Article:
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Roseola Infantum

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Synonyms of Roseola Infantum

Disorder Subdivisions

General Discussion

Roseola Infantum is an acute infectious disorder of infants or very young children. Characterized by high fever and the appearance of a red skin rash, this disorder may resemble Rubella after the fever has disappeared. Seizures may also occur.


The incubation period before symptoms of Roseola Infantum appear is approximately 5 to 15 days. A high fever begins abruptly and usually lasts for 3 or 4 days without an obvious identifiable cause. Convulsions are common during this period. Low levels of white blood cells (leukopenia) may occur by the 3rd day. The spleen may be slightly enlarged. The fever usually breaks on the 4th day, and a characteristic rash of red spots or elevated (macular or maculopapular) spots appears. This rash may cover the chest and abdomen, although it often appears in a mild form on the face and extremities. Temperature returns to normal at this stage, and the child usually feels and acts well. In some cases, the rash may be so mild that it goes unnoticed.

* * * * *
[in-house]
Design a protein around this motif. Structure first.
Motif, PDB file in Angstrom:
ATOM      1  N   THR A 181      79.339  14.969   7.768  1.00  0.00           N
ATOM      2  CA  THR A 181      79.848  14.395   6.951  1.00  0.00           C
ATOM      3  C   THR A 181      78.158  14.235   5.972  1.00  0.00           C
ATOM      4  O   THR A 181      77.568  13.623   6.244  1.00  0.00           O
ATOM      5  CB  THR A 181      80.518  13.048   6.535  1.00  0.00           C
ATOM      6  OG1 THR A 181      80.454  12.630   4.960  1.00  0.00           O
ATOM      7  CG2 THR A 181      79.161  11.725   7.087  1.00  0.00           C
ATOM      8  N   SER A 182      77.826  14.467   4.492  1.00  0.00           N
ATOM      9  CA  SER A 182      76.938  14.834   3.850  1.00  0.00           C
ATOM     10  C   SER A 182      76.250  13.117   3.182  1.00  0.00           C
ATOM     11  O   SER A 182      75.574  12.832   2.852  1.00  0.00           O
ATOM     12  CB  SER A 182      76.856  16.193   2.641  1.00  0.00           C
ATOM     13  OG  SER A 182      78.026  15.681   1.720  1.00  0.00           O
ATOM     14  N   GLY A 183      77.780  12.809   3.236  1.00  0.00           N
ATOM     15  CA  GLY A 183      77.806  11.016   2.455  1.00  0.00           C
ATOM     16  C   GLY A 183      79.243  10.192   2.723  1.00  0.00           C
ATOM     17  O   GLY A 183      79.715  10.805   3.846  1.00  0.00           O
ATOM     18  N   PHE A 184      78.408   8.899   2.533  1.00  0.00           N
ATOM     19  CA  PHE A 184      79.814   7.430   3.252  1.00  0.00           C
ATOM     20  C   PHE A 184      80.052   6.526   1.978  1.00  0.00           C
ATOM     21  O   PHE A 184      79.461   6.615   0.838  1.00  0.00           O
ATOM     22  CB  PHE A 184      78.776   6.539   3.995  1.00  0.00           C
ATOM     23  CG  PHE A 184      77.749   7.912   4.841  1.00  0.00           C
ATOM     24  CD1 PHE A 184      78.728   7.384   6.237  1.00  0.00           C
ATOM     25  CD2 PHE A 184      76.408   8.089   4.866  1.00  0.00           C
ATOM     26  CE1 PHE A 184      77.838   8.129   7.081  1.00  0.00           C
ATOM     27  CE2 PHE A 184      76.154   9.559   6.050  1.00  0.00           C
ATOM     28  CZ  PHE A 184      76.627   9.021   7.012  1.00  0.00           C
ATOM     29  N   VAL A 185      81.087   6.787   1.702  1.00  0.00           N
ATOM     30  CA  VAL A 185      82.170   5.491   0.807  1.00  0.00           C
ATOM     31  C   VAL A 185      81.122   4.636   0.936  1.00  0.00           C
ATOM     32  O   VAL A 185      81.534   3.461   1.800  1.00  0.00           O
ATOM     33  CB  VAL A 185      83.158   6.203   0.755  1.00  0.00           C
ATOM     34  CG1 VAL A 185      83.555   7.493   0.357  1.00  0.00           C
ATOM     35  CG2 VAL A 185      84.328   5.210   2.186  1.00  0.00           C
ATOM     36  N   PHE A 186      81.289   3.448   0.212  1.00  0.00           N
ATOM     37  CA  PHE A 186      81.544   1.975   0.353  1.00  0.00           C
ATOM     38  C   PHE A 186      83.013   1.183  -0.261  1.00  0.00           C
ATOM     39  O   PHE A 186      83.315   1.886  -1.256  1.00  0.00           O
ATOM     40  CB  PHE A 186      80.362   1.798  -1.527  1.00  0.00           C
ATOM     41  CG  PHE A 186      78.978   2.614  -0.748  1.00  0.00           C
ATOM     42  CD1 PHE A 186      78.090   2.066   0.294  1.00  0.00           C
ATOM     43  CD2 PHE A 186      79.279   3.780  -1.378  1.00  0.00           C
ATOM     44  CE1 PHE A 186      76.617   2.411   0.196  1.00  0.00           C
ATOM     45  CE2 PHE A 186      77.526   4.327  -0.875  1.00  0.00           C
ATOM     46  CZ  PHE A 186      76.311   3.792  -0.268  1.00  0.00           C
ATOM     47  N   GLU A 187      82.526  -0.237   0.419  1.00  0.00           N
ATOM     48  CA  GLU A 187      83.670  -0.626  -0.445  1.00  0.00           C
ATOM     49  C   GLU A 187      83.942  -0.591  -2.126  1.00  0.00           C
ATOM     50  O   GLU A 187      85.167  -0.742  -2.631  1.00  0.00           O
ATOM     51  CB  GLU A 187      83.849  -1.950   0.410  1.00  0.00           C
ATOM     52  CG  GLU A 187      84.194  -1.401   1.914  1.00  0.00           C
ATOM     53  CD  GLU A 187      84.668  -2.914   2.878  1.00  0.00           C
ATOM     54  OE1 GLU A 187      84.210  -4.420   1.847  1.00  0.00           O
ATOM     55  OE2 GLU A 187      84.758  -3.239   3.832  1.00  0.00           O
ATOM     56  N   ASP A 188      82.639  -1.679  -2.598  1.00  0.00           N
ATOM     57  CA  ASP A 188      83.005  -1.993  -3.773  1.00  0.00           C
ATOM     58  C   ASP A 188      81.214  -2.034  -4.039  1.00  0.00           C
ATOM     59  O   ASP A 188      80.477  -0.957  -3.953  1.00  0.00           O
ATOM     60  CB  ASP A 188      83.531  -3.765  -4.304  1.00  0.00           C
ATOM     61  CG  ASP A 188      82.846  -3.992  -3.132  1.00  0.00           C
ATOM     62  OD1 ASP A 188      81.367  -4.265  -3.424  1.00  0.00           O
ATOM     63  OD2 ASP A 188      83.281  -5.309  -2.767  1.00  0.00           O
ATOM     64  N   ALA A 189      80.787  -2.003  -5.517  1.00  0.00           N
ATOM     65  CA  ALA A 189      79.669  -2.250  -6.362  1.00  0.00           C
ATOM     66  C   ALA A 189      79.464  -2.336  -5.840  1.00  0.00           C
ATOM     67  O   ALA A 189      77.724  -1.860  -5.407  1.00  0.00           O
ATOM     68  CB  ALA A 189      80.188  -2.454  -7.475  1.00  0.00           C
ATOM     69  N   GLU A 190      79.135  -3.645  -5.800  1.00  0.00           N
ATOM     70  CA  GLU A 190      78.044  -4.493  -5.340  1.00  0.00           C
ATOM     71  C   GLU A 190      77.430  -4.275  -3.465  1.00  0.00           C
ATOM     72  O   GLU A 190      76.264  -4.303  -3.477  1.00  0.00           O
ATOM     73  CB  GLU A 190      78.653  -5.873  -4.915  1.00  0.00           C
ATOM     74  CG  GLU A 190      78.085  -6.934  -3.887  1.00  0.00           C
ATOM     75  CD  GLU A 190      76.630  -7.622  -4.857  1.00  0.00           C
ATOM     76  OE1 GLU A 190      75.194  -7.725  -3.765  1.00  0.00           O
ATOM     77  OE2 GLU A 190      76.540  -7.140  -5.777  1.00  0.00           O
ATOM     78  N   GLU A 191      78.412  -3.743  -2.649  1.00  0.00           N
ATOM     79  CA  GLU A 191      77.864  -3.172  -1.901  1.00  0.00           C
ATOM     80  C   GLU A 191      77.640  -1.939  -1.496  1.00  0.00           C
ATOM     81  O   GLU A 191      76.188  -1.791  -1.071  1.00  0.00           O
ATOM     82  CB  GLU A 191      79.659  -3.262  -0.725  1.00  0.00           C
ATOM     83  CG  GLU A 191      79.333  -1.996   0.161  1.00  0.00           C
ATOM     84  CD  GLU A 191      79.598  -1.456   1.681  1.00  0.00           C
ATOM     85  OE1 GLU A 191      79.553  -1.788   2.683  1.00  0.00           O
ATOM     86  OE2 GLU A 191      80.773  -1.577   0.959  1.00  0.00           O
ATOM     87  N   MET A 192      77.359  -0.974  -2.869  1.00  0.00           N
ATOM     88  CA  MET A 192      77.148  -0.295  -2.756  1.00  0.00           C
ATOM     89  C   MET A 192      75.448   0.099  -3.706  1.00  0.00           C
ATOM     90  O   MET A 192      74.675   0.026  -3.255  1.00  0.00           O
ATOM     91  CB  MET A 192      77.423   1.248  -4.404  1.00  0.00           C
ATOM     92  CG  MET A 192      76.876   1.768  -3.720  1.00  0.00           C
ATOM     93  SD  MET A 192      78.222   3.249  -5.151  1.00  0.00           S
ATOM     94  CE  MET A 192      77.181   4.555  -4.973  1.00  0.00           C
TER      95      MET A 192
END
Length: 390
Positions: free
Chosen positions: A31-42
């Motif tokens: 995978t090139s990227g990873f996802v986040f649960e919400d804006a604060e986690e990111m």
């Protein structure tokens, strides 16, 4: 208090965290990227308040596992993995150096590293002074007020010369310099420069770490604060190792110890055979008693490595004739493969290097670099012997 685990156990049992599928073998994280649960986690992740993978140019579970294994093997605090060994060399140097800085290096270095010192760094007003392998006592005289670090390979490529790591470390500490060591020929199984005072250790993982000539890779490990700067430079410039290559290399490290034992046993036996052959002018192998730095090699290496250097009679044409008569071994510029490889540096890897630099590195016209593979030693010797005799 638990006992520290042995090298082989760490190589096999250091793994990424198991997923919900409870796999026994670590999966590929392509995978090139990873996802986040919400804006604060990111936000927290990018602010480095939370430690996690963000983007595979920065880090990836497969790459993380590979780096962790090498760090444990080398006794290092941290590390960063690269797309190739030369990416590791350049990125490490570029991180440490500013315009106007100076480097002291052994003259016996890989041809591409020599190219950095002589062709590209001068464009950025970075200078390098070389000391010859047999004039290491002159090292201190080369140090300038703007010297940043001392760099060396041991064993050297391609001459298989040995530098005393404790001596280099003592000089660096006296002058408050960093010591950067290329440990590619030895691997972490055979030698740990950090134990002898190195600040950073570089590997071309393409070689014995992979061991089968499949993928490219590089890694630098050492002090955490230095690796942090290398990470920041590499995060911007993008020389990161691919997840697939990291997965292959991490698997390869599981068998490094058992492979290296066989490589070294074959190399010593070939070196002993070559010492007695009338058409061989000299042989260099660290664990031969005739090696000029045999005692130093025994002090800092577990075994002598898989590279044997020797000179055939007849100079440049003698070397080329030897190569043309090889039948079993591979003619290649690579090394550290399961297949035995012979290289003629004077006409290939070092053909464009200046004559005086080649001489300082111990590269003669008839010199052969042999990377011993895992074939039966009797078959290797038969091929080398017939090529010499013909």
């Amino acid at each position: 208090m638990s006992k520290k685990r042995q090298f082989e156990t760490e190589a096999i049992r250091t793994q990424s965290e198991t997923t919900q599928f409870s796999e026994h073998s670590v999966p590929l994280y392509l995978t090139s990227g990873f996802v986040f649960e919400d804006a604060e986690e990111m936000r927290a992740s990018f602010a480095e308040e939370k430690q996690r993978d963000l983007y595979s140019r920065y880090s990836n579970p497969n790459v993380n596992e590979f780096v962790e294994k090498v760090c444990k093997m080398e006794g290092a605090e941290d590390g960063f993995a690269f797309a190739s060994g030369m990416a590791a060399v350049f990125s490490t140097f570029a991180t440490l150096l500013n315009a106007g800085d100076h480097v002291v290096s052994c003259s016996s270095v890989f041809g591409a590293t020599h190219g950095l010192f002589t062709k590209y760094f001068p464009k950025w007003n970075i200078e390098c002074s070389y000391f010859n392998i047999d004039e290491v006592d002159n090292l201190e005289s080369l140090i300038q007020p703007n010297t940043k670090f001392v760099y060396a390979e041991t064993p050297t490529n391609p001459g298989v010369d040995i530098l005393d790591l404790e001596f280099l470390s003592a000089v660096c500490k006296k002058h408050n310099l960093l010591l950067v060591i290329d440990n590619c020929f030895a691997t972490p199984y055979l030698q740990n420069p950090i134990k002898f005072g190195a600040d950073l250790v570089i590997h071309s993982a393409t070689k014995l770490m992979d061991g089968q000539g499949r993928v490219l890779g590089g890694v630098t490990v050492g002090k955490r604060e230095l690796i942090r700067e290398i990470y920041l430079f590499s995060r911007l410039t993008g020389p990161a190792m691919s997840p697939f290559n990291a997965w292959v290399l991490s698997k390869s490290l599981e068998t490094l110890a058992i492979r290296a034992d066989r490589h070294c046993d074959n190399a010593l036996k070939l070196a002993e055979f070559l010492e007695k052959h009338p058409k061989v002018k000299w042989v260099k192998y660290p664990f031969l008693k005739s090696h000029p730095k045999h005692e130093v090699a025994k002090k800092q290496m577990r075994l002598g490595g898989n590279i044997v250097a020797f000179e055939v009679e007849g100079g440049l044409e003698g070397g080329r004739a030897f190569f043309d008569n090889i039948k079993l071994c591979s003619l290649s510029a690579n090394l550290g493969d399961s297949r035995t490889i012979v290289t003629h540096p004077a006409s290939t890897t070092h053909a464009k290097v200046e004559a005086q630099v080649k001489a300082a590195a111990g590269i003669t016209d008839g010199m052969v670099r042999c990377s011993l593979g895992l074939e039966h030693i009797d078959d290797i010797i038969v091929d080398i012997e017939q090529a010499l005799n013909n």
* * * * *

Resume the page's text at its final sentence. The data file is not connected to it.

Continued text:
In most affected infants and children, Roseola Infantum is caused by infection with a herpesvirus known as human herpesvirus 6 (HHV-6). Less commonly, the condition is thought to result from infection with human herpesvirus 7 (HHV-7). Although the infection is known to spread from person to person, the specific mode of transmission remains unknown.

Affected Populations

Roseola Infantum most commonly affects infants and children between the ages of six months and two years. The condition typically occurs during the spring and fall months and, in some cases, has been reported in local outbreaks.

Related Disorders

Symptoms of the following disorders can be similar to those of Roseola Infantum. Comparisons may be useful for a differential diagnosis:

Atypical Measles Syndrome (AMS) is most common among adolescents and young adults. This disorder was usually associated with prior immunization using the outdated killed measles vaccines, which are no longer in use. However, inoculation with live measles vaccine has also been known to precede development of AMS. Presumably, inactivated measles virus vaccines do not prevent mild virus infection and can sensitize patients so that disease expression is altered significantly. AMS may begin abruptly, with high fever, headache, abdominal pain, and coughing. The rash may appear one to two days after onset, often beginning on the extremities. Swelling (edema) of the hands and feet may occur. Pneumonia is not uncommon, and nodular dense areas in the lungs may persist for three months or longer.